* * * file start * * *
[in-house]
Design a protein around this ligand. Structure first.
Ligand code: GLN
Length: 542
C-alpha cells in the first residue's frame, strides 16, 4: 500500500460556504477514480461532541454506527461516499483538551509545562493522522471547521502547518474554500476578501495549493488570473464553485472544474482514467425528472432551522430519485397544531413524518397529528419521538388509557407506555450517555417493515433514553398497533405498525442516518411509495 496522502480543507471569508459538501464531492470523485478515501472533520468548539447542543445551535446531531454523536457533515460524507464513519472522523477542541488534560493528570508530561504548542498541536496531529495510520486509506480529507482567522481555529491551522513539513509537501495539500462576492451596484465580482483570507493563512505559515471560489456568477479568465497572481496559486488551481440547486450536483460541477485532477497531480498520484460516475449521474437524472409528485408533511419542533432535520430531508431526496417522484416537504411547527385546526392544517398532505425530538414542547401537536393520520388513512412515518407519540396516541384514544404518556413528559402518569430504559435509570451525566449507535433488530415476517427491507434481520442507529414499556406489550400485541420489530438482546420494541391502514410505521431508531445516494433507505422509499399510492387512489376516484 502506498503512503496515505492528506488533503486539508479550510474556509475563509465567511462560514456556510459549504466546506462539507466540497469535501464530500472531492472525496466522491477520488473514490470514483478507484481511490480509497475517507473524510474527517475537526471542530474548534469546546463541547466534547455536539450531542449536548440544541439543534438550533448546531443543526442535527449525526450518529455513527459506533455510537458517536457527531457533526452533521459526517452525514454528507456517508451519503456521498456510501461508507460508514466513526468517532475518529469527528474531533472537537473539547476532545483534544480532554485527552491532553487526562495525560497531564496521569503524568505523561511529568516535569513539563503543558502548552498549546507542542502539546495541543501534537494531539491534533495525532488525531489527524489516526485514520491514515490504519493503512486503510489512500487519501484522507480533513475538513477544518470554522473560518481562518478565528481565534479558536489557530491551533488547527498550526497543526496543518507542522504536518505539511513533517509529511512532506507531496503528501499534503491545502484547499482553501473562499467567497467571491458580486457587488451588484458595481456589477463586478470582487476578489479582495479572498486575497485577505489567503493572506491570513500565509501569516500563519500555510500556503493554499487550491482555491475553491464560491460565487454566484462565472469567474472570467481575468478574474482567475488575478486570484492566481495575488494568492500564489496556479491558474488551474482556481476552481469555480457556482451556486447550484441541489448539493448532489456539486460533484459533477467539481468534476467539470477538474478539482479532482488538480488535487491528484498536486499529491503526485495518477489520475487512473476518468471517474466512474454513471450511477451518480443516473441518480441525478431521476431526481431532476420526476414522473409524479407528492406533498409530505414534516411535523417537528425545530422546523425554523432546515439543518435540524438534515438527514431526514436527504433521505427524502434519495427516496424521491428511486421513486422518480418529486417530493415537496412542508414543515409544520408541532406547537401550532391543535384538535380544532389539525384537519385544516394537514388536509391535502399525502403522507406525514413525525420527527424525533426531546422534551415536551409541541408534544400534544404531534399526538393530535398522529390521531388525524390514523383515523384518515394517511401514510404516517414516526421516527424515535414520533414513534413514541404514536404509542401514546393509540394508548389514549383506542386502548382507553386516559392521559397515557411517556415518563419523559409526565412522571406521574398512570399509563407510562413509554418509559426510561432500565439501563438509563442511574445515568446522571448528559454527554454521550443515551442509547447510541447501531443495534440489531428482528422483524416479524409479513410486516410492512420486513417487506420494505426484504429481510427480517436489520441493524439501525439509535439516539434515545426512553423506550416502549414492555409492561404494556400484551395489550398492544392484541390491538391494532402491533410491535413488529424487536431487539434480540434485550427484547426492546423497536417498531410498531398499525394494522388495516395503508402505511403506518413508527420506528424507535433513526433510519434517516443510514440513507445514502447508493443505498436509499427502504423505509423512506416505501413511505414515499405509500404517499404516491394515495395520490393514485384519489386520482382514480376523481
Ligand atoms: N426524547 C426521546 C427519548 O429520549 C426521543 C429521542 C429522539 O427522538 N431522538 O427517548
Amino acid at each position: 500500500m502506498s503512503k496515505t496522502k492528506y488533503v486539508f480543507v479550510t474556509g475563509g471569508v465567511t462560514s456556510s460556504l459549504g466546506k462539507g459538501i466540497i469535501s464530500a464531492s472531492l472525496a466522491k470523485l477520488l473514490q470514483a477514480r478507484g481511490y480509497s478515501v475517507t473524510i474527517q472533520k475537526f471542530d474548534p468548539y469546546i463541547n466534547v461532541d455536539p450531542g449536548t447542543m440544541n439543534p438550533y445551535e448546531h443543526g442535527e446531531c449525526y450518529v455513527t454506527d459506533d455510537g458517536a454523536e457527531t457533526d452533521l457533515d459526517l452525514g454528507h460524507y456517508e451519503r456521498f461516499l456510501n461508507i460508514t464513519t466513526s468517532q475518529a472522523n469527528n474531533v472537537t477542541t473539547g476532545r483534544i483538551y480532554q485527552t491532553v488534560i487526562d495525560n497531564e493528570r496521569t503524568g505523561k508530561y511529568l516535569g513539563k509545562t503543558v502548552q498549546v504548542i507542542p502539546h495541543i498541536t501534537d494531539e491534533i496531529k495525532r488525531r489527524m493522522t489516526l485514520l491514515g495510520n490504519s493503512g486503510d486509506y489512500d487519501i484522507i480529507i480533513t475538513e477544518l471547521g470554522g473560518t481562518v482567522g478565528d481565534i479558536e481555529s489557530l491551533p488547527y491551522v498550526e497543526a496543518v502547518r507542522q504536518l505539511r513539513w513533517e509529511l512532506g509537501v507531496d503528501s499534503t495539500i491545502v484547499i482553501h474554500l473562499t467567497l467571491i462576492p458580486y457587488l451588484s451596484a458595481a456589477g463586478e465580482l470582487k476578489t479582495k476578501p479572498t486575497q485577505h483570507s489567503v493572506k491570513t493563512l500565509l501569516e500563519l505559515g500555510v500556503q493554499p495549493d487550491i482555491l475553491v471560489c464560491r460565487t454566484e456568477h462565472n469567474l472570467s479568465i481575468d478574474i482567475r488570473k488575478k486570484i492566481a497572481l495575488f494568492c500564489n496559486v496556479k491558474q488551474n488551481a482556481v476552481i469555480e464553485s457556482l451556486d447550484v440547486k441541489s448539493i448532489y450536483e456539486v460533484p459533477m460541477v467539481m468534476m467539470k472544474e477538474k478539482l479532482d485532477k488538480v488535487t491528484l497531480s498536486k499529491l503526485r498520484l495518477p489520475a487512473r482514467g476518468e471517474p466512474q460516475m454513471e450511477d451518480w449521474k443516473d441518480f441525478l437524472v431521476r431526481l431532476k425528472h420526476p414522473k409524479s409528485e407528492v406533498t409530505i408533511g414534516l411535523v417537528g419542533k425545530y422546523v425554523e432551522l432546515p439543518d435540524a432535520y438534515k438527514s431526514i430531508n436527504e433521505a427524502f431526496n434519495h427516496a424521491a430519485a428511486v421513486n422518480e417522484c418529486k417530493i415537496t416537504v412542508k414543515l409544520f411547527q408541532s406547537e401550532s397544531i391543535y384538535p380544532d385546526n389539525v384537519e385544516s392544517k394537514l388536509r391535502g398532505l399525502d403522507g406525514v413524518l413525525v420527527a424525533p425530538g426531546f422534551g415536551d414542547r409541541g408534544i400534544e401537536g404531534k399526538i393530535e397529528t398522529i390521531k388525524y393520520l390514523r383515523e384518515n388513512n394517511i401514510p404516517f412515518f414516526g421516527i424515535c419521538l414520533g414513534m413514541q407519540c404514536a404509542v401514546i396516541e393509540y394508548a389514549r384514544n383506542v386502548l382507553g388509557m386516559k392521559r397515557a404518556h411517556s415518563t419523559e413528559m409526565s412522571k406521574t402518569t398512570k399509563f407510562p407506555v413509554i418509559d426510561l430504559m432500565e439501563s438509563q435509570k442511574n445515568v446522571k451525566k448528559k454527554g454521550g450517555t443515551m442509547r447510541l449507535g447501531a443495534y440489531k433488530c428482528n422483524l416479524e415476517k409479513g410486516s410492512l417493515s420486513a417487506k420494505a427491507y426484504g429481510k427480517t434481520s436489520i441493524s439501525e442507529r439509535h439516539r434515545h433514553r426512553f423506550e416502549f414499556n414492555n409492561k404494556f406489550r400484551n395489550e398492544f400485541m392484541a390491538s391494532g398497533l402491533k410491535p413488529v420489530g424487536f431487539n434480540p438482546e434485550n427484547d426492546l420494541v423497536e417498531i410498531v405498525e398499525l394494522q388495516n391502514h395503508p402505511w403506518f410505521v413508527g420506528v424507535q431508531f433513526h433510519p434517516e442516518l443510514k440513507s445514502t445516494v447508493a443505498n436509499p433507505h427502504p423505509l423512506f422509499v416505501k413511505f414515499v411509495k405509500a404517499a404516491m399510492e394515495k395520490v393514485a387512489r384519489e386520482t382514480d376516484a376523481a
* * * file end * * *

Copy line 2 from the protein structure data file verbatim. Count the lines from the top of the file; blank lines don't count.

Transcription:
Design a protein around this ligand. Structure first.